pipeline:
  batch:
  size: 125
  delay: 5

Or as flat keys:

pipeline.batch.size: 125
pipeline.batch.delay: 5

For example, setting node.name uniquely id’s a Logstash node, which is particularly useful when using metrics. Can be set to a static value node.name: darthvadar or the hostname node.name: ${HOSTNAME}.

Pipeline configuration (pipelines.yml)

Complimentary to the specific pipeline configuration files, Logstash provides some core configuration in the config dir. Of note is pipelines.yml. Formatted in YAML can define a list of dictionaries, where each dictionary describes a pipelines. Multiple pipelines can be defined, but doesn’t have to. If fact, its still useful to deinfe a single pipeline in this file, as it allows you to invoke the logstash executable without any additional arguments. A single pipeline:

- pipeline.id: ben-test
  queue.type: persisted
  path.config: /home/ben/Downloads/logstash-6.5.2/config/ben-simple.conf

Or many pipelines:

- pipeline.id: test
  pipeline.workers: 1
  pipeline.batch.size: 1
  config.string: "input { generator {} } filter { sleep { time => 1 } } output { stdout { codec => dots } }"
- pipeline.id: another_test
  queue.type: persisted
  path.config: "/tmp/logstash/*.config"

pipelines.yml has available arguments commented inline within the file. Settings relate to not only the functional aspects of pipeline configurations, but also non-functional concerns around the execution model, such as the queue type or the number of workers.

Pipeline Examples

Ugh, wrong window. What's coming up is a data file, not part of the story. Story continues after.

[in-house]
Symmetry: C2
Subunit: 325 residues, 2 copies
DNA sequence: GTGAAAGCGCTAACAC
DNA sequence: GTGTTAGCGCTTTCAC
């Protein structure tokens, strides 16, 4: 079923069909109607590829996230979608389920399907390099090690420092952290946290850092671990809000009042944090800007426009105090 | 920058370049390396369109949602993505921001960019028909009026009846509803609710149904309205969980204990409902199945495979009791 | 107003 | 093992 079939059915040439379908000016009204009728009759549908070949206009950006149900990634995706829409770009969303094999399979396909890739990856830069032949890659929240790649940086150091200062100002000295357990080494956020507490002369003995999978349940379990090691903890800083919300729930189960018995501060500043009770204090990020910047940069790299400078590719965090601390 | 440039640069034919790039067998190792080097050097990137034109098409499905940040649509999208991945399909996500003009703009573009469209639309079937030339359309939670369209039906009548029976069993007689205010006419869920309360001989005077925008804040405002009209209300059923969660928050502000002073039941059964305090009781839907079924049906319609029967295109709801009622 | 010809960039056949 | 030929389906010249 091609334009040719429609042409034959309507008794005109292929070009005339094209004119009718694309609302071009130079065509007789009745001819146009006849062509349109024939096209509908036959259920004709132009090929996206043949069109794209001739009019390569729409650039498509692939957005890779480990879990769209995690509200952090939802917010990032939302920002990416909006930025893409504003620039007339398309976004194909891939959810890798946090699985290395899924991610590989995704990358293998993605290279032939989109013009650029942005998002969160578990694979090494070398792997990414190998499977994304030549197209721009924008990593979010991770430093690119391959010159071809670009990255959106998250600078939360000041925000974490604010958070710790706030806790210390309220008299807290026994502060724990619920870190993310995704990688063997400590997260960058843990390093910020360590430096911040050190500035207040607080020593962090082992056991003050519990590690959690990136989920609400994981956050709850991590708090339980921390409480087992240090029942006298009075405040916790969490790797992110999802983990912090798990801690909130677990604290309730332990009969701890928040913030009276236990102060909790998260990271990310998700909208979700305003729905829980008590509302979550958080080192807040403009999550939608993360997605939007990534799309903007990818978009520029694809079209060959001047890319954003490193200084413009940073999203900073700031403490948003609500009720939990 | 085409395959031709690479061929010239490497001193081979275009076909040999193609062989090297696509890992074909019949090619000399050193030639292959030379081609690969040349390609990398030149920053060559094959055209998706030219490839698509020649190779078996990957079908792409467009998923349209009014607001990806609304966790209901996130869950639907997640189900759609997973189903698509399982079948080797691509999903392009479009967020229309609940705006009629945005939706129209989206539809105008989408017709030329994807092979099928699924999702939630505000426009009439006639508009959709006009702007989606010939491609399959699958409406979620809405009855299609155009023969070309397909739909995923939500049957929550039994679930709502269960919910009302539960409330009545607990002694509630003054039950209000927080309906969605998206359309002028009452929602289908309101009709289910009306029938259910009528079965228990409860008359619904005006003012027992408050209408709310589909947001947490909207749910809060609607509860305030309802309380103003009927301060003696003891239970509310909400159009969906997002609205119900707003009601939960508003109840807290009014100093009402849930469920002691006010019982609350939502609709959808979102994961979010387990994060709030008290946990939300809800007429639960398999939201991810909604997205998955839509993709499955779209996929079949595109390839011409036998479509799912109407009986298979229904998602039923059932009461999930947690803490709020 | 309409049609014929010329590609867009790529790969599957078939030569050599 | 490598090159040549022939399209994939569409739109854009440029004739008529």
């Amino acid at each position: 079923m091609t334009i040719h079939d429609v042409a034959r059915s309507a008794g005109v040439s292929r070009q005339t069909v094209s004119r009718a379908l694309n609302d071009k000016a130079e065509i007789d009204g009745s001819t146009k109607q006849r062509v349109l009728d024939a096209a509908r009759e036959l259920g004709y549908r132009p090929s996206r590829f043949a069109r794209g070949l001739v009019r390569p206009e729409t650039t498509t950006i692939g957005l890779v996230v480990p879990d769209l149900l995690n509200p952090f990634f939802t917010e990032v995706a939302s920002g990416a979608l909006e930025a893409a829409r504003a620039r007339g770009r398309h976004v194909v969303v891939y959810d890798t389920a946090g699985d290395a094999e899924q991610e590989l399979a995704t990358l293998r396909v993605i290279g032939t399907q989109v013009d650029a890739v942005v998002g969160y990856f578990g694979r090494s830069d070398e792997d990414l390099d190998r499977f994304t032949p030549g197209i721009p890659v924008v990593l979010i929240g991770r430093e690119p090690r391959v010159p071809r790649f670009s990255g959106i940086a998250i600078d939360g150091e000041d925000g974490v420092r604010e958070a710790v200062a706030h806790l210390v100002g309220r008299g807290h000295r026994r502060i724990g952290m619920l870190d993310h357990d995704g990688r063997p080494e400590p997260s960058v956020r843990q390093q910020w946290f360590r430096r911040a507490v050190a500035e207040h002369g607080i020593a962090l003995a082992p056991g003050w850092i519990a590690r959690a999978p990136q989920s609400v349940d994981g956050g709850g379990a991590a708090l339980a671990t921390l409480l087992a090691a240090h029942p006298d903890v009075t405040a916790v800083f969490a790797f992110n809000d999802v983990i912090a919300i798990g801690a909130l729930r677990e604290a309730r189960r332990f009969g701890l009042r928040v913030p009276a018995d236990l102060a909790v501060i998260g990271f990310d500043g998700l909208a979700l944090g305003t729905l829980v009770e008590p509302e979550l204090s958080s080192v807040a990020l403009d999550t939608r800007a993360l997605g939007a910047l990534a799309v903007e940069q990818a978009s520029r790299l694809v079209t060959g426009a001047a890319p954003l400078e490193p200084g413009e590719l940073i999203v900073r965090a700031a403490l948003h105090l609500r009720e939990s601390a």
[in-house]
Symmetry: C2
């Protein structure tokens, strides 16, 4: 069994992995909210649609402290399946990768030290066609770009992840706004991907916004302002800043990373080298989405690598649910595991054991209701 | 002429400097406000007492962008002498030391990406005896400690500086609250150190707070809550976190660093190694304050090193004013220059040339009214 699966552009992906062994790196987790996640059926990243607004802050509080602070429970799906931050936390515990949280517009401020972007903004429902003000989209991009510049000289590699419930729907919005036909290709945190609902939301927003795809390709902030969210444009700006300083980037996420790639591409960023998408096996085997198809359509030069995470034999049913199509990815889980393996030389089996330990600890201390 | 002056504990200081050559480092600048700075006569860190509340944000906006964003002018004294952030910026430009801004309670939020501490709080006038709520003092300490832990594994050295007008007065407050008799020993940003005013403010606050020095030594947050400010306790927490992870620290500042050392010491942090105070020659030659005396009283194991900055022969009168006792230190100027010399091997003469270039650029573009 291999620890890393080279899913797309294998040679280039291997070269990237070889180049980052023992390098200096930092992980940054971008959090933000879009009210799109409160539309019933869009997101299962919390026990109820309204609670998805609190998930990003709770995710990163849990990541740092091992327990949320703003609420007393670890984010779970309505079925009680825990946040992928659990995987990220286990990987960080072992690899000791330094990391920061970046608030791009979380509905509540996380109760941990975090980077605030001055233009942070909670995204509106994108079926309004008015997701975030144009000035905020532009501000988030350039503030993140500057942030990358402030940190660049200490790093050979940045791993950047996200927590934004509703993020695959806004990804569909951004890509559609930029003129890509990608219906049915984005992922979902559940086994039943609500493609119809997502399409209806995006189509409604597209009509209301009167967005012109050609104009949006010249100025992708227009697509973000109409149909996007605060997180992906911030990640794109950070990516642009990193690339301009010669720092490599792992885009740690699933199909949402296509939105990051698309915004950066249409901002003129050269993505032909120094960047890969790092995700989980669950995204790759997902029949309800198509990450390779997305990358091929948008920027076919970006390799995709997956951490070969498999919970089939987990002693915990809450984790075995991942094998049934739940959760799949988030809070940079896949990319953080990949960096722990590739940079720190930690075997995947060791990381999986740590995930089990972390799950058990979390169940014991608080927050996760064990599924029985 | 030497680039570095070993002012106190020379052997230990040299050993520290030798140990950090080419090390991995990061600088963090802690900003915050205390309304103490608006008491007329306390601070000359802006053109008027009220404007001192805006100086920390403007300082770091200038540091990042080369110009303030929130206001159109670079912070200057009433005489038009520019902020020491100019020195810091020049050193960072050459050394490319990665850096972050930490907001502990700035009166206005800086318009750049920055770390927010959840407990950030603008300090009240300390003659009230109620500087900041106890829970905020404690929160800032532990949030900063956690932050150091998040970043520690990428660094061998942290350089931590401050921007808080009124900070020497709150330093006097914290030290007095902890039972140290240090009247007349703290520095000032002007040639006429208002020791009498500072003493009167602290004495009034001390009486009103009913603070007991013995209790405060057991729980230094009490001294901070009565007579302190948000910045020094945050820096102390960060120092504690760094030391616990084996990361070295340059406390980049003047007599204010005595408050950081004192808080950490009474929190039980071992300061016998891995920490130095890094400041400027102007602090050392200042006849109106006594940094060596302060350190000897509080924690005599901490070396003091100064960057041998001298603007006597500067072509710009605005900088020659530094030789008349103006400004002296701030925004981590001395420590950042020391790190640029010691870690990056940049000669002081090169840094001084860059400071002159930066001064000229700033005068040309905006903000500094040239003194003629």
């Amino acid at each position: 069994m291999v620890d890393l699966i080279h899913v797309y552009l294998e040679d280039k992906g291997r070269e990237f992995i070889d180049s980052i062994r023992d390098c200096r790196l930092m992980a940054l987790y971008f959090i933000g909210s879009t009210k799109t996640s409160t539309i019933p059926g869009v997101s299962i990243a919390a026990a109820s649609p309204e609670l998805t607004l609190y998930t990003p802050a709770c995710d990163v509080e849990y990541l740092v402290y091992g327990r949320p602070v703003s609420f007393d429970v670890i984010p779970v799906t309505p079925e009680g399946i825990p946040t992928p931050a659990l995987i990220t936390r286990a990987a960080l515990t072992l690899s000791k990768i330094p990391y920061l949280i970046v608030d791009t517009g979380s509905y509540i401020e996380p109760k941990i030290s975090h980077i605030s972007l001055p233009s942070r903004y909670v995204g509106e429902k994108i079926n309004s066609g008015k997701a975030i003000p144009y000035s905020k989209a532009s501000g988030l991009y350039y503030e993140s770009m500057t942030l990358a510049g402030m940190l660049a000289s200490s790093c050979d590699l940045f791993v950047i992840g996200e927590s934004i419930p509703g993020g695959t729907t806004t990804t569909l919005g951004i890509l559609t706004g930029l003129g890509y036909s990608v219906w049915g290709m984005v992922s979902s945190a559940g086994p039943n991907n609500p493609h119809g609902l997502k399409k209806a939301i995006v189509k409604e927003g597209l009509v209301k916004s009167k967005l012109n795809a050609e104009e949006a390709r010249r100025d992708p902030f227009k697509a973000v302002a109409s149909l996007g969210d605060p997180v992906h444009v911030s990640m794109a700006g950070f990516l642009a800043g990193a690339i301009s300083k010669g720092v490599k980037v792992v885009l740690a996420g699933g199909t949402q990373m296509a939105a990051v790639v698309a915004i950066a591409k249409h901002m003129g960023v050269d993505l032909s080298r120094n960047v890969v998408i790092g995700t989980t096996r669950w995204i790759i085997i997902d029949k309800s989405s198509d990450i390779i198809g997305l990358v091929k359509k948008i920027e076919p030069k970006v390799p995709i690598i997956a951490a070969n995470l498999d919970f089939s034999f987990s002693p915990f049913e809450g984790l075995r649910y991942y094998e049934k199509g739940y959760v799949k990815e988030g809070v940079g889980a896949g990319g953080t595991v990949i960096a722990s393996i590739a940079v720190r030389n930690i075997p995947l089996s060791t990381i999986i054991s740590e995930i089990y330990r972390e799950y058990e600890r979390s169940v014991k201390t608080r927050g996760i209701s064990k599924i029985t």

JDBC to Elasticsearch

input {
  jdbc {
    jdbc_driver_library => "/opt/sqljdbc_6.4/enu/mssql-jdbc-6.4.0.jre8.jar"
    jdbc_driver_class => "com.microsoft.sqlserver.jdbc.SQLServerDriver"
    jdbc_connection_string => "jdbc:sqlserver://odin:1433;databaseName=FooDb"
    jdbc_user => "logstash"
    jdbc_password => "mypassword"
    jdbc_validate_connection => true
    jdbc_statement => "SELECT Id, FamilyName, GivenName, EmailAddress, IsActive, CreatedBy, CreatedDate, ModifiedBy, ModifiedDate FROM Customers WHERE ModifiedDate > :sql_last_value ORDER BY ModifiedDate ASC"
    schedule => "* * * * *"
    use_column_value => true
    tracking_column => "modifieddate" #lower_case_column_names are lower
    tracking_column_type => ["timestamp"]
    clean_run => false
    record_last_run => true
    lowercase_column_names => true
  }
}

filter {
  mutate {
    remove_field => ["@version", "path", "host", "message", "tags", "@timestamp"]
  }
}

output {
  stdout { codec => "dots" }
  elasticsearch {
    hosts => [ "elasticcluster:9200" ]
    index => [ "customers-%{+yyyy.MM.dd}" ]
    user => "elastic"
    password => "mypassword"
    document_id => "%{id}"
  }
}

This showcases some useful JDBC input plugin features:

  • tracking_column uses this field in the result set to keep track of the last ingested record. Only tuples more recent than the last will be ingested.
  • statement two things, (1) notice the ORDER BY clause which is essential because using the tracking_column which keeps a journal of the latest ModifiedDate it comes across - only records with a later ModifiedDate are ingested, and (2) the :sql_last_value bind variable which restricts the query to only records that have changed in the source database since logstash last ingested.
  • record_last_run the log of the latest ModifiedDate discovered by Logstash so far. By default stored in the $HOME of the account running Logstash, in a small log file called .logstash_jdbc_last_run is used to track the value of the last tracked_column field.

Mapping flat source to hierarchical JSON structure

Look to the mutate filter.

mutate {
  rename => {
    "deviceip" => "[IP][device]"
    "srcip" => "[IP][source]"
    "dstip" => "[IP][destination]"
  }
}

Resources

  • Continue https://www.elastic.co/webinars/getting-started-logstash?baymax=rtp&elektra=docs&storm=top-video&iesrc=ctr at 28:30
  • https://www.elastic.co/guide/en/logstash/current/configuration.html
  • https://www.elastic.co/guide/en/logstash/current/index.html